Search Results

You are looking at 1 - 3 of 3 items for

  • Author or Editor: Sang-Won Kim x
  • Refine by Access: All Content x
Clear All Modify Search



Galectin-3 is a cardiac biomarker for heart failure in humans. However, it has not been investigated in dogs with naturally occurring heart disease. This study aimed to compare plasma galectin-3 concentration in healthy dogs and those with myxomatous mitral valve disease (MMVD) and explore the potential association of galectin-3 with other cardiac biomarkers, inflammatory cytokines, echocardiographic estimates, and dog characteristics.


10 healthy dogs and 30 dogs with MMVD were prospectively recruited.


In this case-control study, plasma galectin-3, inflammatory cytokines, echocardiographic estimates, and other cardiac biomarkers were measured, and dog characteristics were recorded.


Plasma galectin-3 concentration was significantly higher in dogs with MMVD (2.94 [interquartile range, 1.61 to 5.20] ng/mL) than in healthy controls (1.56 [0.69 to 1.84] ng/mL, P = .009). Logistic regression analysis revealed that galectin-3 concentration and age predicted the presence of MMVD (predictive accuracy = 90.0%, P < .05). A cut-off value ≥ 1.9 ng/mL for galectin-3 differentiated healthy dogs from dogs with MMVD (70% sensitivity; 90% specificity AUC, 0.77; P = .01).


Plasma galectin-3 concentration was higher in dogs with MMVD than in healthy dogs, indicating that it is a novel cardiac biomarker in dogs with MMVD although there was no significant difference between MMVD stages.

Open access
in American Journal of Veterinary Research
in Journal of the American Veterinary Medical Association


Objective—To evaluate the intraoperative and postoperative analgesic effects of intracameral lidocaine hydrochloride injection in dogs undergoing phacoemulsification.

Animals—12 healthy Beagles with healthy eyes.

Procedures—Dogs were randomly assigned to receive 1 of 2 intracameral injections: 2% lidocaine hydrochloride solution (0.3 mL) or an equivalent amount of balanced salt solution (BSS). All dogs were treated with acepromazine (0.05 mg/kg, IV) and cefazolin (30 mg/kg, IV), and tropicamide drops were topically applied to the eyes. Anesthesia was induced with propofol and maintained with isoflurane. The initial end-tidal isoflurane concentration was maintained at 1.2%. Heart rate, respiratory rate, arterial blood pressure, esophageal temperature, inspired and end-tidal isoflurane concentrations, and oxygen saturation were recorded every 5 minutes. The allocated agent was injected intracamerally after aspiration of the same volume of aqueous humor. Ten minutes after injection, phacoemulsification was performed. After surgery began, the isoflurane concentration was adjusted according to heart rate and mean arterial blood pressure. Pain scores were recorded before surgery and at 0.5, 1, 1.5, 2, 2.5, 3, 3.5, 4, 6, 8, 16, and 24 hours after extubation.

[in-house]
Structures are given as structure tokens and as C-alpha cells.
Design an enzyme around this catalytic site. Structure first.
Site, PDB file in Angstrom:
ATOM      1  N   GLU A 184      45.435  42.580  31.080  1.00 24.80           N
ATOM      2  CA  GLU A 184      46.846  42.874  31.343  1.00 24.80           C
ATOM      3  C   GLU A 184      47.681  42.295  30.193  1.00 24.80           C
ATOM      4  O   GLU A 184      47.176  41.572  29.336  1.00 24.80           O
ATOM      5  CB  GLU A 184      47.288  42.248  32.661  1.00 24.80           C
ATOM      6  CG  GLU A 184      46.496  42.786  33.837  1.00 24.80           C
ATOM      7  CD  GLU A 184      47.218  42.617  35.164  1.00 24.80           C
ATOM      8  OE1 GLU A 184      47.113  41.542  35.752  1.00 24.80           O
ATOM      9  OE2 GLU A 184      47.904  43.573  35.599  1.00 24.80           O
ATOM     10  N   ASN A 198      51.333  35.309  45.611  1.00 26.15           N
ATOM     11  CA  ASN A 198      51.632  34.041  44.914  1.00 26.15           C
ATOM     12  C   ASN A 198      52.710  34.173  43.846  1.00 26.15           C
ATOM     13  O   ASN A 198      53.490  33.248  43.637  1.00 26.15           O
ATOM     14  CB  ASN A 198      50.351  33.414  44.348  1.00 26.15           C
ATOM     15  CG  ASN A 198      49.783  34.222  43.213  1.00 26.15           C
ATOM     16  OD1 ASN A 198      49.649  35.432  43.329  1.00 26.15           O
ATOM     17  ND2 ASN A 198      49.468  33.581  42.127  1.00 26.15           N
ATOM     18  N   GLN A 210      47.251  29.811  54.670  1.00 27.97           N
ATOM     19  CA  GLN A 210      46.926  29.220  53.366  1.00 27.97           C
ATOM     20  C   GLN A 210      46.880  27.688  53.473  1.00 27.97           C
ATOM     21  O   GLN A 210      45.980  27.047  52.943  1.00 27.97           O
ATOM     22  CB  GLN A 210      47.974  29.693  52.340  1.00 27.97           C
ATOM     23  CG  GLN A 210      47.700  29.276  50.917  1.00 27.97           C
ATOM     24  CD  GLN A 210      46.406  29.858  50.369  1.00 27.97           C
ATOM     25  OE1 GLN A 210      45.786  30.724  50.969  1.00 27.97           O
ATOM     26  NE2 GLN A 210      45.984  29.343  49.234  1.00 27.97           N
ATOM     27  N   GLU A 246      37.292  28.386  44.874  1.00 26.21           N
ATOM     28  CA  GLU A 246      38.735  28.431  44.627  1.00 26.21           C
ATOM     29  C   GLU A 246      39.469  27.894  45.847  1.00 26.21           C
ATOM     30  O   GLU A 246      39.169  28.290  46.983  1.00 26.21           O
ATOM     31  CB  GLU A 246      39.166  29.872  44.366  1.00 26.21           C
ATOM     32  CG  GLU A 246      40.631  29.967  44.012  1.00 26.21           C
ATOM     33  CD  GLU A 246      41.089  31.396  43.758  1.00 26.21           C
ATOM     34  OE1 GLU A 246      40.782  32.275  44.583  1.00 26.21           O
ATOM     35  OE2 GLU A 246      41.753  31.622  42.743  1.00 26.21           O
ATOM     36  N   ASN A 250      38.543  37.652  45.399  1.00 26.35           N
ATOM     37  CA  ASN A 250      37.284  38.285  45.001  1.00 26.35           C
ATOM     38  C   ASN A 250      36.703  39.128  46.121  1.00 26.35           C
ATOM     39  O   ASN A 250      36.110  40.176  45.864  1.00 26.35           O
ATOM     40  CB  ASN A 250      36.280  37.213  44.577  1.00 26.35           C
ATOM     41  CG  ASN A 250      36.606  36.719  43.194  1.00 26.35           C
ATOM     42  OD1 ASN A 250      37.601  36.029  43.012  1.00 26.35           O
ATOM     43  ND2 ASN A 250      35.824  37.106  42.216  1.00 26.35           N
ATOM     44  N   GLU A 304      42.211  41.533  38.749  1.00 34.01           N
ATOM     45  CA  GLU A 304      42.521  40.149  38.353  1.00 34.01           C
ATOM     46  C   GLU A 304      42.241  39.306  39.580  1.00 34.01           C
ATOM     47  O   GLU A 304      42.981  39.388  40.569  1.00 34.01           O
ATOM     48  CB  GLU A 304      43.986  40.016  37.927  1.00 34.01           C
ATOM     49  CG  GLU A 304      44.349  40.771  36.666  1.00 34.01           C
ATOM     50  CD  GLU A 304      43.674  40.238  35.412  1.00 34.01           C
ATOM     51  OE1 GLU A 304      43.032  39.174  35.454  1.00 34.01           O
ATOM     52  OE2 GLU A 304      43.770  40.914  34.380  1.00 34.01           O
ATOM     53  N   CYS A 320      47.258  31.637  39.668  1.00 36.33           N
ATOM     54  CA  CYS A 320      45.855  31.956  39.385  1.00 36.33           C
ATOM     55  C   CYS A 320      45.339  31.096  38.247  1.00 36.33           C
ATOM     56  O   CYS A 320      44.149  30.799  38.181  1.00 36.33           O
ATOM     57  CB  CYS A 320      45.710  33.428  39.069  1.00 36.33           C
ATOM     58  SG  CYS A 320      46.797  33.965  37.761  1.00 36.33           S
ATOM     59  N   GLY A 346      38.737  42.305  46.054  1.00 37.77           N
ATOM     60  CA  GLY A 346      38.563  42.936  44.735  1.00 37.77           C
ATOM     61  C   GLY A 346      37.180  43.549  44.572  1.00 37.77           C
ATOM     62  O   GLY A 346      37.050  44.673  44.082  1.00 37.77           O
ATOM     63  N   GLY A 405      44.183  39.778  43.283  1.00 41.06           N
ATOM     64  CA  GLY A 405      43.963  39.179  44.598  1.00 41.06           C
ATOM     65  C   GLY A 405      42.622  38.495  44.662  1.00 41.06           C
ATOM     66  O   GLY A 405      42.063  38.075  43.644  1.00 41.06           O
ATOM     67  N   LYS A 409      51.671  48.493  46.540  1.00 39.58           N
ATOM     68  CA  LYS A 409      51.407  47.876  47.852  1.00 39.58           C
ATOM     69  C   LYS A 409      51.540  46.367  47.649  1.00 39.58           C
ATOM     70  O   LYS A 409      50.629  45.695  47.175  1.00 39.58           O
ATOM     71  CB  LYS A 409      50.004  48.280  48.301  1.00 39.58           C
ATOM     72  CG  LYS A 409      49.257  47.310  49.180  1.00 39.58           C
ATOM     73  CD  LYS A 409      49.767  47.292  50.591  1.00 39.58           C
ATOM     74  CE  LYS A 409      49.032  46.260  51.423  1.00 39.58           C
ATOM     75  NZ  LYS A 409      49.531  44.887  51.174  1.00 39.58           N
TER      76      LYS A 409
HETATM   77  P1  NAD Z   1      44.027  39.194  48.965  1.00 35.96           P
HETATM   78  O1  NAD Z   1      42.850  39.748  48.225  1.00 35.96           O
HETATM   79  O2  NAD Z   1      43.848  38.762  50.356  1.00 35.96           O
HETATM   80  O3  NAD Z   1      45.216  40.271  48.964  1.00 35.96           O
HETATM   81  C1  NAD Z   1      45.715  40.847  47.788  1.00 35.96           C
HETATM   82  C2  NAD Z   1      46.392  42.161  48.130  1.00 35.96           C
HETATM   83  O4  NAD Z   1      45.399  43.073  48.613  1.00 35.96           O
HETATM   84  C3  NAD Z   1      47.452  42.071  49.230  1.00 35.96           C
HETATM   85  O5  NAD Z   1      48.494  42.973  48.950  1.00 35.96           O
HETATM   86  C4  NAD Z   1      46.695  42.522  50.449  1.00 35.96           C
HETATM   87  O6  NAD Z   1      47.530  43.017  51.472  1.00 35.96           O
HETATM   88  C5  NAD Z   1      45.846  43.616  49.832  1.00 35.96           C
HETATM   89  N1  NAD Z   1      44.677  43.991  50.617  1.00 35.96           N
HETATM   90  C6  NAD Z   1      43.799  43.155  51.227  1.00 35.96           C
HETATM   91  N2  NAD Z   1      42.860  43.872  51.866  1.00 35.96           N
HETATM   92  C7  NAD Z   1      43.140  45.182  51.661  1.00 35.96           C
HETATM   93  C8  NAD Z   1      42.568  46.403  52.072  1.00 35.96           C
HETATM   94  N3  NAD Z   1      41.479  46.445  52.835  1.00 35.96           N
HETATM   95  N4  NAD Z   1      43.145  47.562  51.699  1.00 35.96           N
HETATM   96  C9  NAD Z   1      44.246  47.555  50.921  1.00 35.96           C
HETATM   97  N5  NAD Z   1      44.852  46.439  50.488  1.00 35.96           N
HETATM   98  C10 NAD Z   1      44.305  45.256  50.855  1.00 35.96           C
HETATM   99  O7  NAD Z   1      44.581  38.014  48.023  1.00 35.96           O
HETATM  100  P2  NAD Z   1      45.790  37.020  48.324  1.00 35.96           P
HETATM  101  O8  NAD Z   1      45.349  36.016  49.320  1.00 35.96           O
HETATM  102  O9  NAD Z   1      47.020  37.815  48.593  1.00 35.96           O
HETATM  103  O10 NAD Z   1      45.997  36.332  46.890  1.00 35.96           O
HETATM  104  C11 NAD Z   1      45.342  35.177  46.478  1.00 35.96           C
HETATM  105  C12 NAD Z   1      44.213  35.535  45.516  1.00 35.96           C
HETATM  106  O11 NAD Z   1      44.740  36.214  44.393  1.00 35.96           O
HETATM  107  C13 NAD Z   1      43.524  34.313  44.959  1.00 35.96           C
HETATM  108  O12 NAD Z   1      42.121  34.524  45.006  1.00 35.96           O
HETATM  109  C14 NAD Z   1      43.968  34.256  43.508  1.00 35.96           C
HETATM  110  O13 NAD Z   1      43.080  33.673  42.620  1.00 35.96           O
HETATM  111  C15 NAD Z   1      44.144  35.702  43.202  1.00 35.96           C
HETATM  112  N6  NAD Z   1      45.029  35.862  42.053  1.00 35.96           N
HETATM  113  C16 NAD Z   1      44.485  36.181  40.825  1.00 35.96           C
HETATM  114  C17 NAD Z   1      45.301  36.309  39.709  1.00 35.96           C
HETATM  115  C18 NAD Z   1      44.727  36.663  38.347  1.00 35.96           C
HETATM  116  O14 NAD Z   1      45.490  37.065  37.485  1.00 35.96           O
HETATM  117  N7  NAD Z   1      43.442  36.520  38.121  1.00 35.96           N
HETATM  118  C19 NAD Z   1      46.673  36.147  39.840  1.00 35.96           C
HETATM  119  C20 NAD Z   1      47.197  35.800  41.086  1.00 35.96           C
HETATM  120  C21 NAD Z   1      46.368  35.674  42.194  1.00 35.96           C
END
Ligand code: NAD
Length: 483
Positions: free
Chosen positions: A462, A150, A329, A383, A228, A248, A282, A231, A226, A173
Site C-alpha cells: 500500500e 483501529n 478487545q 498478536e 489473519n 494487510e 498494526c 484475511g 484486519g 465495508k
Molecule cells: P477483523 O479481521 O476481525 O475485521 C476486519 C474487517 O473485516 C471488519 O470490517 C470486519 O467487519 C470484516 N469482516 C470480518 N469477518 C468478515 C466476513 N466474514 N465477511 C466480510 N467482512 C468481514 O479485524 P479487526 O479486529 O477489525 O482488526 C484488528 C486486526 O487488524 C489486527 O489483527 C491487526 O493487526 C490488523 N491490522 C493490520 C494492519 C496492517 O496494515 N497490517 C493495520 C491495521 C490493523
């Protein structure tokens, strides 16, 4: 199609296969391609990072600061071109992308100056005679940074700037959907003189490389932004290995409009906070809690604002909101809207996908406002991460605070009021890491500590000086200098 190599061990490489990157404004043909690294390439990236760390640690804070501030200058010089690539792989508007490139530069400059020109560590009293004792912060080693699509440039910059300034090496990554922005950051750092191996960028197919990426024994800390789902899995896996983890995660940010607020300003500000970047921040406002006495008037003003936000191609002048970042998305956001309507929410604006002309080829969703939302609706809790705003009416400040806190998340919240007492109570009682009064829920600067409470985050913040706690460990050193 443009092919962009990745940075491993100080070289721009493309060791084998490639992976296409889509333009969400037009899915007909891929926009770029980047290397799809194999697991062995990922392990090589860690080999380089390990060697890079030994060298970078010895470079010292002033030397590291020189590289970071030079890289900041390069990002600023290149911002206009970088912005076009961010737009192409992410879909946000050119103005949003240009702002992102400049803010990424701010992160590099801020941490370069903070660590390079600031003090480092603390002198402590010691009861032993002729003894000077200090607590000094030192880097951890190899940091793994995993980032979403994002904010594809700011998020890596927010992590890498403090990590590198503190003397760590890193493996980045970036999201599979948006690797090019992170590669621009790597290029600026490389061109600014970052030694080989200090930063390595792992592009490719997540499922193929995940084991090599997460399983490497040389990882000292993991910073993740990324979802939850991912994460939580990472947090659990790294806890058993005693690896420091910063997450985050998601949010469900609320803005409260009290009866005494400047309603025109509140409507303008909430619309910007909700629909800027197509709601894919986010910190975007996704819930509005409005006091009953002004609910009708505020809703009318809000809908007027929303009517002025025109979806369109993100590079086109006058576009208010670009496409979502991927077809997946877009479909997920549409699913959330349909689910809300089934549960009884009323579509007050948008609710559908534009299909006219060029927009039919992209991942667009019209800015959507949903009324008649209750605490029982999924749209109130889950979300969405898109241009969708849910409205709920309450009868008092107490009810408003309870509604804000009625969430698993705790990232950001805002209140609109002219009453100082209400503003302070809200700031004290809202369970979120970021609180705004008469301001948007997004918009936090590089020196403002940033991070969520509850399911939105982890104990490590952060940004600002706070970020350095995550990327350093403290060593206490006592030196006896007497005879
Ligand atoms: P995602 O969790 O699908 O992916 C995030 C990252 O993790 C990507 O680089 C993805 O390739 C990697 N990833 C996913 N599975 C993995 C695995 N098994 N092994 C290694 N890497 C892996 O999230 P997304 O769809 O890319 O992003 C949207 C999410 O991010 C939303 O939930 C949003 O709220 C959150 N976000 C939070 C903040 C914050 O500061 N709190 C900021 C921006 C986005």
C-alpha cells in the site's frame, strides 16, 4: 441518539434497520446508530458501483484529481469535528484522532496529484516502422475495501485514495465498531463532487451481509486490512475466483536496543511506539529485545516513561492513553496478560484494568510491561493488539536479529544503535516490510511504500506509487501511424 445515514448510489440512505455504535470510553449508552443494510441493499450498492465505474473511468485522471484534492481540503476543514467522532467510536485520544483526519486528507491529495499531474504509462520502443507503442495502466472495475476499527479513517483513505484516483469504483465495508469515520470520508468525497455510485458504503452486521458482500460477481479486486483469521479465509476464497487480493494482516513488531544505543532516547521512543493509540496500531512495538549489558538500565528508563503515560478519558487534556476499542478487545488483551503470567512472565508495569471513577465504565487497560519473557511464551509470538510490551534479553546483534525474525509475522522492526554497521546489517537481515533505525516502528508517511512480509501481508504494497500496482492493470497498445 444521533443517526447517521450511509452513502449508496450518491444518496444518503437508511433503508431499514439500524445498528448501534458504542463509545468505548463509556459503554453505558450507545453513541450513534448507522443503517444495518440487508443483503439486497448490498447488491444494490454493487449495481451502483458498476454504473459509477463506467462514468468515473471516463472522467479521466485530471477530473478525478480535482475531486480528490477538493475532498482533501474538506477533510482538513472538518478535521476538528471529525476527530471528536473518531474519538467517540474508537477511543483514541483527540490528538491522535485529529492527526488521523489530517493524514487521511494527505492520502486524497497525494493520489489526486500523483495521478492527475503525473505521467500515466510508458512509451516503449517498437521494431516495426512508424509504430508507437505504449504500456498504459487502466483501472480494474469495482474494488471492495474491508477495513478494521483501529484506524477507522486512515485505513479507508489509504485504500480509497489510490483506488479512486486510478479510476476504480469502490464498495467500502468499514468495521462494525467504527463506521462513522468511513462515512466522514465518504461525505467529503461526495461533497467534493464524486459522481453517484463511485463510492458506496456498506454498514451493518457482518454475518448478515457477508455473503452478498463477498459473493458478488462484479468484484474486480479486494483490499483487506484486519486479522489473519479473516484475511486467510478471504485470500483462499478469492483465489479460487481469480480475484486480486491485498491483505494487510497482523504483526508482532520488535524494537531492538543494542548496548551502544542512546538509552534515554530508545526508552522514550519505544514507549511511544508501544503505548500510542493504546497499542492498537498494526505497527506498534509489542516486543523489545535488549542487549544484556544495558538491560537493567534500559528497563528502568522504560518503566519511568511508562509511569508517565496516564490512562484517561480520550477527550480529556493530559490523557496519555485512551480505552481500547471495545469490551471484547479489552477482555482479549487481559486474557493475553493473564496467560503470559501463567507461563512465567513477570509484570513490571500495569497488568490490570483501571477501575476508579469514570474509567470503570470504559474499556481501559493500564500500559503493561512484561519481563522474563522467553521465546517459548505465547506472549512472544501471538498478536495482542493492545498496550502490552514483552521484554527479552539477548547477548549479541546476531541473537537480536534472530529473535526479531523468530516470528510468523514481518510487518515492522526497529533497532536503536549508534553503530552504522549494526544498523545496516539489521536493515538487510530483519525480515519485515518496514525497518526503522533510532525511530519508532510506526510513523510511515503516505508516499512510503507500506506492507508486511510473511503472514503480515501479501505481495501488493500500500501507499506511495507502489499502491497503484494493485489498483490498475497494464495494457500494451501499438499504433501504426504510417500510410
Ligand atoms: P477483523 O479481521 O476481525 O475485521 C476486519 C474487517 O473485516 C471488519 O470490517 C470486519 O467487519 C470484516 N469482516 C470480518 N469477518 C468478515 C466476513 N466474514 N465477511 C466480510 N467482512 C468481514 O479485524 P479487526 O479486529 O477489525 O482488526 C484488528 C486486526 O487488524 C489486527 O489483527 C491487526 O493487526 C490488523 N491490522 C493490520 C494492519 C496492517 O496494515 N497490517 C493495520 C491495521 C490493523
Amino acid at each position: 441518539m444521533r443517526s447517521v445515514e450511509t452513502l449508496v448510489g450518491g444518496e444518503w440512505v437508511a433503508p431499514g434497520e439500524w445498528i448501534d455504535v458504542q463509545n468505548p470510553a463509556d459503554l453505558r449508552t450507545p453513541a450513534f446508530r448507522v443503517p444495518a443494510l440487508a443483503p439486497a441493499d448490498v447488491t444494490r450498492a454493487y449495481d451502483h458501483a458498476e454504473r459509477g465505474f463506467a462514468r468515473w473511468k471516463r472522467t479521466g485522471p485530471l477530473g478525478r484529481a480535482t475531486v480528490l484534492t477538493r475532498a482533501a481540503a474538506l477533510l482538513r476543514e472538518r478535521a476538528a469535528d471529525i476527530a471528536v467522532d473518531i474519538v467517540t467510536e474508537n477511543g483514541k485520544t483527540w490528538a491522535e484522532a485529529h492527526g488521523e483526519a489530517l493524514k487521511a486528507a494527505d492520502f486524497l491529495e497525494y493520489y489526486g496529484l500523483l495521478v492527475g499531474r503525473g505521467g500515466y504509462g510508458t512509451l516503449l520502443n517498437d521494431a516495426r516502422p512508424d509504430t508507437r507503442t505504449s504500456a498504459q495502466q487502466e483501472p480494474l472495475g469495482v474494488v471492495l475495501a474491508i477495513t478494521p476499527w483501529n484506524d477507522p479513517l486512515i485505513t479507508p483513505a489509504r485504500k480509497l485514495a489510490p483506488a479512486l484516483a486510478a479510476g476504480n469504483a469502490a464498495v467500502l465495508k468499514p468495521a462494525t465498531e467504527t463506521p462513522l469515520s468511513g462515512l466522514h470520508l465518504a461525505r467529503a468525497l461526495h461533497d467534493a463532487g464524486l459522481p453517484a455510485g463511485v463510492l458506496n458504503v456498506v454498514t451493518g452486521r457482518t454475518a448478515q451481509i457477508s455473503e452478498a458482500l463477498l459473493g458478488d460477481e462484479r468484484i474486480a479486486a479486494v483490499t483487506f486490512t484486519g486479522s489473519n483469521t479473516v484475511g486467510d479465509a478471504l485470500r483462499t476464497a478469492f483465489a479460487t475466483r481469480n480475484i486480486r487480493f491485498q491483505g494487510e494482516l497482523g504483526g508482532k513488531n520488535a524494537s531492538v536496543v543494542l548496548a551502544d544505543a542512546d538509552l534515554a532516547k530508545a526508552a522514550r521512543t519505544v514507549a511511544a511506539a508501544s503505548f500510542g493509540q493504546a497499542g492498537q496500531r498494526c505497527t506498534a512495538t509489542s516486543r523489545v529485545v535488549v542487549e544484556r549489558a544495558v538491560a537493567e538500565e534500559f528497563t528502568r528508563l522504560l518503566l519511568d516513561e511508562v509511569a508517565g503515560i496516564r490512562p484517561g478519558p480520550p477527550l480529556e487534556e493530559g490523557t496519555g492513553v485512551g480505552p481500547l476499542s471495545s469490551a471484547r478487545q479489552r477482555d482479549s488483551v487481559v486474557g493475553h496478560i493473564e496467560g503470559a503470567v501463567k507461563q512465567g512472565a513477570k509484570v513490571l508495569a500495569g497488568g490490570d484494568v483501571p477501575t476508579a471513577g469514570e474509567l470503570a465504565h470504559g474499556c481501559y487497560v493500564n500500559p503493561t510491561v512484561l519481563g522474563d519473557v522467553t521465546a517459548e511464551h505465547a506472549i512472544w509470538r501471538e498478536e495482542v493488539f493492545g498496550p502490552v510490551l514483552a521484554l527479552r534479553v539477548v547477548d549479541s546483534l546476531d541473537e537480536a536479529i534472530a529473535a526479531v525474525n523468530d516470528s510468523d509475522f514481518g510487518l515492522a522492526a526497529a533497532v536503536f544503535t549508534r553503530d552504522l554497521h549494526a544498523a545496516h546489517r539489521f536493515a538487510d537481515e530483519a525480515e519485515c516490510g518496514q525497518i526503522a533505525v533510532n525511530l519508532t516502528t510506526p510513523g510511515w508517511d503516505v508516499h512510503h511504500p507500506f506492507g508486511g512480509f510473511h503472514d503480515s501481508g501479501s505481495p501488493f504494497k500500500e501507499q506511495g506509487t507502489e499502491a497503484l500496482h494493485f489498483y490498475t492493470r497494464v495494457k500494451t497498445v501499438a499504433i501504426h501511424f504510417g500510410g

Results—Isoflurane requirements were significantly higher in the BSS group than in the lidocaine group. Mean ± SD time to administration of supplementary analgesia was significantly shorter in the BSS group (1.4 ± 1.2 hours) than in the lidocaine group (4.9 ± 1.2 hours).

Conclusions and Clinical Relevance—Intracameral lidocaine injection had significant analgesic effects in dogs undergoing cataract surgery. Results of this study suggest the value of intracameral lidocaine injection as an analgesic for intraocular surgery in dogs.

Full access
in American Journal of Veterinary Research